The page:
Luke Visconti’s Ask the White Guy column is a top draw on DiversityInc.com. Visconti, the founder and CEO of DiversityInc, is a nationally recognized leader in diversity management. In his popular column, readers who ask Visconti tough questions about race/culture, religion, gender, sexual orientation, disability and age can expect smart, direct and disarmingly frank answers.
I recently attended a generational-differences class in which the instructor mentioned that younger employees are frequently less interested in traditional employee-resource groups than older employees because the younger employees are so used to having all different types of people working together that they don’t like to be divided apart. The instructor gave the example of his four kids, two of whom were half-Hispanic and two who were not.
If the two of mixed descent were to join their company’s Hispanic employee-resource group, they would literally be separated from their brethren. This observation seems to be in line with comments from a speech you gave at a conference recently where you said that one company found that younger people leave if they do not find the [plurality] in the workplace that they were used to while growing up. This also is similar to my experience: I am not interested in joining the women’s resource group at my company because I’ve participated in all-female groups before, both inside and outside the workplace, and do not wish to replicate the experience.
How do you see employee-resource groups evolving to accommodate this craving for inclusion?
Employee-resource groups are extremely important in managing diversity. We ask several questions regarding employee-resource groups (ERGs) in The DiversityInc Top 50 Companies for Diversity survey and have learned some best practices over the last eight years of running the competition.
In a nutshell, there are demographic reasons for ERGs. Younger people are more diverse in our country–for example, there are more than five white people for every one person of color for Americans older than 70 years old. For American children younger than 10 years old, the ratio is almost 1-to-1.
That means there is naturally more diversity in junior levels (because younger people tend to be more junior) than there is at the top levels in most corporations. Smart companies realize that this is an asset. At better-run companies, ERGs are structured, sponsored by an executive, given goals and utilized for two primary purposes: Business ideas and recruiting.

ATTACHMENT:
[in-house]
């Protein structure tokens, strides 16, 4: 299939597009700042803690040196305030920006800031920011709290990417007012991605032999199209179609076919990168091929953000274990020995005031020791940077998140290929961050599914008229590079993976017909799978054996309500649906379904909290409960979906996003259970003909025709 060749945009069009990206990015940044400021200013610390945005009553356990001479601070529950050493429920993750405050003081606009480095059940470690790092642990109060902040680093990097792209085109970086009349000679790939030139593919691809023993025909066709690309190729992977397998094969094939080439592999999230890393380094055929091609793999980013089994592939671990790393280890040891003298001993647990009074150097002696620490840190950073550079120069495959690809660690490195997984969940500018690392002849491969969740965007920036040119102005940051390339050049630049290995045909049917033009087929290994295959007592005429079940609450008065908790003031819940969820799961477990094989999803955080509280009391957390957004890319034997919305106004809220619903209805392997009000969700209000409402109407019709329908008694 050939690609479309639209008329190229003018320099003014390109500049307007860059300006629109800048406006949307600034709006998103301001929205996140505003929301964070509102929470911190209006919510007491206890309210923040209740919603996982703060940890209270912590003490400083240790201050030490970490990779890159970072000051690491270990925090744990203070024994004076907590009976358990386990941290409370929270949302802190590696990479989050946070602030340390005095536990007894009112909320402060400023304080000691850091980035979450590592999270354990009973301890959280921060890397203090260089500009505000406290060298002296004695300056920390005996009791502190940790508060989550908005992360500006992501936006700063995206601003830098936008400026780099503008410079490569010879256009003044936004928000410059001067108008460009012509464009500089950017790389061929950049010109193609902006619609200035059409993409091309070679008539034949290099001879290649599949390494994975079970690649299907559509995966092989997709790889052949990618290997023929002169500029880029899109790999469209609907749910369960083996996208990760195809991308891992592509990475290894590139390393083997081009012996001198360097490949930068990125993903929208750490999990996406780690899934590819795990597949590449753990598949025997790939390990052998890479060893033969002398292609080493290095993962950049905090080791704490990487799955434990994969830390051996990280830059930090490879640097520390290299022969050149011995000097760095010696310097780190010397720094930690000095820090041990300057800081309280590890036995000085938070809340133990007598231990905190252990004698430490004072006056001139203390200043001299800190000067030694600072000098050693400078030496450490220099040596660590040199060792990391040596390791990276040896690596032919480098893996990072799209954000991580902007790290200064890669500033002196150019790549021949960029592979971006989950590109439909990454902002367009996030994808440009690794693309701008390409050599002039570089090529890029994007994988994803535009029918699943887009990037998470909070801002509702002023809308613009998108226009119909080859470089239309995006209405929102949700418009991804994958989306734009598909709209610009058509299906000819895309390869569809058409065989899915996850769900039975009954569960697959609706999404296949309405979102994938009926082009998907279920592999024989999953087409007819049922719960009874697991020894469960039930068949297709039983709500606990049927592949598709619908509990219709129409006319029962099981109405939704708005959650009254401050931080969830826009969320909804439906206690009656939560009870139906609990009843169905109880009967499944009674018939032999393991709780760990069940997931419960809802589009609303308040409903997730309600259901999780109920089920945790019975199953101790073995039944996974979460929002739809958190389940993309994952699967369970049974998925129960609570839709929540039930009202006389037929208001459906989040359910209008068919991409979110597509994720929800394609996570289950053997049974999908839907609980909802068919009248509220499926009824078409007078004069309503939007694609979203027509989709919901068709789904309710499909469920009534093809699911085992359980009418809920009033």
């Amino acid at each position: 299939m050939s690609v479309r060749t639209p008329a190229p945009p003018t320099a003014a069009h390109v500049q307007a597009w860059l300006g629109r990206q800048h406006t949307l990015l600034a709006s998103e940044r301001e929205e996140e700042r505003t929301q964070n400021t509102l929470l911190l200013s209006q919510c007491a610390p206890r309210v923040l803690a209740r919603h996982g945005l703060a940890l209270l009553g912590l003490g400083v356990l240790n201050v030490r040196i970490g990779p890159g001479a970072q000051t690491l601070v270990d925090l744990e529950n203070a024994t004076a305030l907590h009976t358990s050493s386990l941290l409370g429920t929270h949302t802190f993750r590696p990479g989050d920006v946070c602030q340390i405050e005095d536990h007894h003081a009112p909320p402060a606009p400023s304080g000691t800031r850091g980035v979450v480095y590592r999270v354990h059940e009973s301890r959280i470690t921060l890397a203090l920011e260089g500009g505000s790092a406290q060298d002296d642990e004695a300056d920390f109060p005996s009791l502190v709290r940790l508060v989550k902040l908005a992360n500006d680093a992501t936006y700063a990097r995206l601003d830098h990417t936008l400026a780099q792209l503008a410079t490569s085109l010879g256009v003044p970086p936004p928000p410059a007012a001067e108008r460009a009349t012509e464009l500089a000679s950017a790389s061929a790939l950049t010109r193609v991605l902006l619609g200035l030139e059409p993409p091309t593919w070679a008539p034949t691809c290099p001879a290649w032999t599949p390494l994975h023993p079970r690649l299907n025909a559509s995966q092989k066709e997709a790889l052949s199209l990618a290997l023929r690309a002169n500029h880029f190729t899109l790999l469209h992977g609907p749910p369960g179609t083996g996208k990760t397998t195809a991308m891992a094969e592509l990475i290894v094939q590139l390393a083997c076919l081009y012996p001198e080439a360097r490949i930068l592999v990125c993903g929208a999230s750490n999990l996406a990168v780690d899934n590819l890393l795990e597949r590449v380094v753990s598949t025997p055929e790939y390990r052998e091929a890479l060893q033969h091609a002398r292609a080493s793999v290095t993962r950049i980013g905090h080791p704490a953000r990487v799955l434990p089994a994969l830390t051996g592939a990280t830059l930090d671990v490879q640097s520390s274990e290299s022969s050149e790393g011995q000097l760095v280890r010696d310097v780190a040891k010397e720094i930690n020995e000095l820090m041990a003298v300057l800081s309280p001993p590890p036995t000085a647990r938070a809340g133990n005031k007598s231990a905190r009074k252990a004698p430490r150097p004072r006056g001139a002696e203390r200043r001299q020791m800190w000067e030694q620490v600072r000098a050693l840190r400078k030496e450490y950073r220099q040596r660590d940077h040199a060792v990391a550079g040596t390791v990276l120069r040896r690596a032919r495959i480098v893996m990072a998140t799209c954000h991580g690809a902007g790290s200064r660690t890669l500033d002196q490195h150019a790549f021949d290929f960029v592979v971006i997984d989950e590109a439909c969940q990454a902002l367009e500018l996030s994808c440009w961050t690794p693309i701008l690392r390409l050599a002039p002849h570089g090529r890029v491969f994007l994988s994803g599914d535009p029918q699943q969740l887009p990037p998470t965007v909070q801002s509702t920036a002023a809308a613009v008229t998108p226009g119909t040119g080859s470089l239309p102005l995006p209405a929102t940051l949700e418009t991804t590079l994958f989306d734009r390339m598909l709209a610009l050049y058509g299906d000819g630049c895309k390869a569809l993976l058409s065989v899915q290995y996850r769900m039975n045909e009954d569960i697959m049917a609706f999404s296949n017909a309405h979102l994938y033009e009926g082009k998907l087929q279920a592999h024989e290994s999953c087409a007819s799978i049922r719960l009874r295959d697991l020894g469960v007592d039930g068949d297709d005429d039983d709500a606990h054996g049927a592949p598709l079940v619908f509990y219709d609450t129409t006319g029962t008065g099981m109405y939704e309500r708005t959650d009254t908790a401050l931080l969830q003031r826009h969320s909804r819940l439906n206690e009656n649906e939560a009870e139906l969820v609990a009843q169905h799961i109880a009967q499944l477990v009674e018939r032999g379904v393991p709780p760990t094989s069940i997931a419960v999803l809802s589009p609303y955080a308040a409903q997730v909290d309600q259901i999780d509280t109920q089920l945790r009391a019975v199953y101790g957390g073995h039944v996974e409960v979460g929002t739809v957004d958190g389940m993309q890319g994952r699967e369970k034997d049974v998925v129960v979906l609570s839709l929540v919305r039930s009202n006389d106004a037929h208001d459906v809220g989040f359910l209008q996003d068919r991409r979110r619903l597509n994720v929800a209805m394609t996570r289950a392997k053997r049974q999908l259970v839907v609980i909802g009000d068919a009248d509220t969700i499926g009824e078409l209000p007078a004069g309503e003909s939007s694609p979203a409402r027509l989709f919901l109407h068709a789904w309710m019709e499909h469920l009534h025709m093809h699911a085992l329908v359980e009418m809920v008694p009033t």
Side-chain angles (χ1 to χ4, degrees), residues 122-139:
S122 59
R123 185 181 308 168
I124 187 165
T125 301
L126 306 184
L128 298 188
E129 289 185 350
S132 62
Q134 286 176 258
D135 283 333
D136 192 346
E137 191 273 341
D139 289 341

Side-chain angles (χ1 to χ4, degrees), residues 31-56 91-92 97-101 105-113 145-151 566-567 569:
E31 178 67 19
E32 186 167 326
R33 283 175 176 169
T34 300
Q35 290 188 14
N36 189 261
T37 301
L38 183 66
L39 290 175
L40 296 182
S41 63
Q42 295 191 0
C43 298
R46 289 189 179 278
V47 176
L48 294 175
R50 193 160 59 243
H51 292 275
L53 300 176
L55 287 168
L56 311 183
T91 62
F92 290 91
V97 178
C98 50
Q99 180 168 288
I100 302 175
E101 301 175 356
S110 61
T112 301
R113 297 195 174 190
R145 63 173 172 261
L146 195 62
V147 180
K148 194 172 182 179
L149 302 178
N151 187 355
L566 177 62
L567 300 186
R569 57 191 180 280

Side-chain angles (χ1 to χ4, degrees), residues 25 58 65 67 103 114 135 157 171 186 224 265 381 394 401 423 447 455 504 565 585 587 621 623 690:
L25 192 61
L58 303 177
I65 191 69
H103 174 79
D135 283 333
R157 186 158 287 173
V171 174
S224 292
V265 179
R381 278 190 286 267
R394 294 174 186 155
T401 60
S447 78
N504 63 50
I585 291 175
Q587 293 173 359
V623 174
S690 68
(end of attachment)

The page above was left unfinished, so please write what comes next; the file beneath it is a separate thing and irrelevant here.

There is also an advantage for the people in the ERGs. We are visually oriented tribal animals and it is psychologically debilitating to be a minority. Most straight, white men have never experienced this and have no real appreciation for it. I recommend Dr. Beverly Tatum’s book Why Are All The Black Kids Sitting Together in the Cafeteria? as a great guide to understanding this process. ERGs help people recharge their psychological batteries. This is a necessary part of life; if the company facilitates this process, they get the benefit of appreciation, engagement and loyalty from their employees.
In the talk I gave to your company, I mentioned that young people (“millennials”) have grown up in an era of economic pluralism–since the 1980s, formerly oppressed groups had gained enough economic clout via the civil-rights-era laws that, by then, they had household income that warranted the attention of corporate America. It is my opinion that much of our societal behavior is shaped by economics. What we call diversity management is certainly the result of affirmative-action laws that lifted people from oppressed poverty and facilitated the opportunities that the “free market” would never offer because of our predisposition to tribal behavior.
If you combine the threads–increased diversity of America’s population, increased desire of progressive companies to leverage that diversity and need for structure to overcome and/or leverage our common human tendencies to be tribal–you can see where ERGs are really important and, effectively managed, can be extremely beneficial for the host organization.
The instructor you mention in your question may be missing some information. As we have discovered through our Top 50 process, the best-run companies allow anyone to join any ERG. For example, my wife and I have two adopted daughters from China. If I were in a large company with ERGs, I would join the Asian-resource group. Therefore, in your example, the siblings who are not Latino would be welcome to join the Latino-resource group in a well-run progressive company’s ERGs. By the way, currently 22 percent of American households have a biracial component. As our country continues to become more diverse, this will certainly increase.
Last week, we had a global-diversity roundtable, which will appear in the September issue of DiversityInc magazine. It was videotaped in our new video studio, so you will be able to see that online too. In the roundtable, part of the discussion involved global-diversity-resource groups, and Dr. Johnnetta B. Cole (chairwoman of the JBC Institute, which is responsible for the Chief Diversity Officers Forum) said that she saw the goal of an ERG to be a safe space where people can be affirmed and able to contribute in a structured way. She also that ERGs are a formalized means for learning to take place.
I think that’s a wonderful synopsis. ERGs will need to evolve as our society evolves, and depending on the corporate and indigenous/regional culture, ERGs may have different membership guidelines, but the goal will remain as Dr. Cole so well described it.
Please understand that this response is not meant to be a comprehensive overview of ERGs. You may use the search feature of our web site (and the magazine-search feature) to look up articles on ERGs, as we’ve written many..